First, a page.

Aamir Khusrau teaching his disciples in a miniature from a manuscript of Majlis al-Ushshaq by Husayn Bayqarah.
|Birth name||Ab'ul Hasan Yamīn ud-Dīn K͟husrau|
Patiyali, Delhi Sultanate
|Died||October 1325 (aged 71–72)
Delhi, Delhi Sultanate
|Genres||Ghazal, Qawwali, Ruba'i, Tarana|
|Occupation(s)||Sufi, musician, poet, composer, author, scholar|
Ab'ul Hasan Yamīn ud-Dīn Khusrau (1253 – 1325), better known as Amīr Khusrow Dehlavī, was a Sufi musician, poet and scholar from India. He was an iconic figure in the cultural history of South Asia. He was a mystic and a spiritual disciple of Nizamuddin Auliya of Delhi, India.
He wrote poetry primarily in Persian, but also in Hindavi. A vocabulary in verse, the Ḳhāliq Bārī, containing Arabic, Persian, and Hindavi terms is often attributed to him. Khusrow is sometimes referred to as the "voice of India" or "Parrot of India" (Tuti-e-Hind), and has been called the "father of Urdu literature."
Khusrow is regarded as the "father of qawwali" (a devotional music form of the Sufis in the Indian subcontinent), and introduced the ghazal style of song into India, both of which still exist widely in India and Pakistan.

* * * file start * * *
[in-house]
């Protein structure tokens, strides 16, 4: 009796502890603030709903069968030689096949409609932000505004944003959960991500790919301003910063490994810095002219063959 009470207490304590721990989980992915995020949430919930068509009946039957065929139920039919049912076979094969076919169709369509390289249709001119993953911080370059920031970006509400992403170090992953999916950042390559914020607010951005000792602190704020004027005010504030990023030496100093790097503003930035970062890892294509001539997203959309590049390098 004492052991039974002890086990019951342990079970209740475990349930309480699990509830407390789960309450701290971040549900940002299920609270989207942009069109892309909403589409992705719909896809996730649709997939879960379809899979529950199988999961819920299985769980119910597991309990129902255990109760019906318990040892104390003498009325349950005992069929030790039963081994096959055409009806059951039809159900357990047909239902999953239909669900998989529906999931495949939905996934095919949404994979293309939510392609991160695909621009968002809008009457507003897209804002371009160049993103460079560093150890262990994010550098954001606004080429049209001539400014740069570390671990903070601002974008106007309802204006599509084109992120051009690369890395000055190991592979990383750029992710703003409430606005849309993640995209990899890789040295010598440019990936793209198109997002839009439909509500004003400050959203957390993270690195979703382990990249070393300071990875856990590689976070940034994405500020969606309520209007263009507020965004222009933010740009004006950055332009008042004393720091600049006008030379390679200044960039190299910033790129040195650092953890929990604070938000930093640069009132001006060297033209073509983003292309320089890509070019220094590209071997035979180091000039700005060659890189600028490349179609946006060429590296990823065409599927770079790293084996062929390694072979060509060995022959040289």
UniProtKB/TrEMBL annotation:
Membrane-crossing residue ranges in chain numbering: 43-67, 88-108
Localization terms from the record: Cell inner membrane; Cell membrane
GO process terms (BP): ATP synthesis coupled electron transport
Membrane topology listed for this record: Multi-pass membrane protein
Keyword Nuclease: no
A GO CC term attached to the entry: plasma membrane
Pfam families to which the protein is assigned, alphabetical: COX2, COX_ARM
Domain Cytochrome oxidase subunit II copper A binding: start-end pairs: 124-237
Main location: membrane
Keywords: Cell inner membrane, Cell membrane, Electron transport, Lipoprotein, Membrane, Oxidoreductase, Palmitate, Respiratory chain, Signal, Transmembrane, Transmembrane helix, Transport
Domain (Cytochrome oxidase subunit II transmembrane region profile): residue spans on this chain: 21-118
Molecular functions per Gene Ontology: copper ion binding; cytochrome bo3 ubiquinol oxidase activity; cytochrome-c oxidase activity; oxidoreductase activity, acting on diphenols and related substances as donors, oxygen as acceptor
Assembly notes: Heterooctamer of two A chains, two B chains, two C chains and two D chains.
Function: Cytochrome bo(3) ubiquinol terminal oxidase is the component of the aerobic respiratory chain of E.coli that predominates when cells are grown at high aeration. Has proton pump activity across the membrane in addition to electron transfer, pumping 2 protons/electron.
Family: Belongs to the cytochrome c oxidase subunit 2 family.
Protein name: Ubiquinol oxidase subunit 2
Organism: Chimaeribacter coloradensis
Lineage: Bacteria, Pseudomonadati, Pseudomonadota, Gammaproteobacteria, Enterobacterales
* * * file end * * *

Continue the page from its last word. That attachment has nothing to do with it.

He was an expert in many styles of Persian poetry which were developed in medieval Persia, from Khāqānī's qasidas to Nizami's khamsa.
He used 11 metrical schemes with 35 distinct divisions. He wrote in many verse forms including ghazal, masnavi, qata, rubai, do-baiti and tarkib-band. His contribution to the development of the ghazal was significant.
Amir Khusrow was a prolific classical poet associated with the royal courts of more than seven rulers of the Delhi Sultanate. He wrote many playful riddles, songs and legends which have become a part of popular culture in South Asia. His riddles are one of the most popular forms of Hindavi poetry today.
Khusrow died in October 1325. Khusrow's tomb is next to that of his spiritual master in the Nizamuddin Dargah in Delhi.
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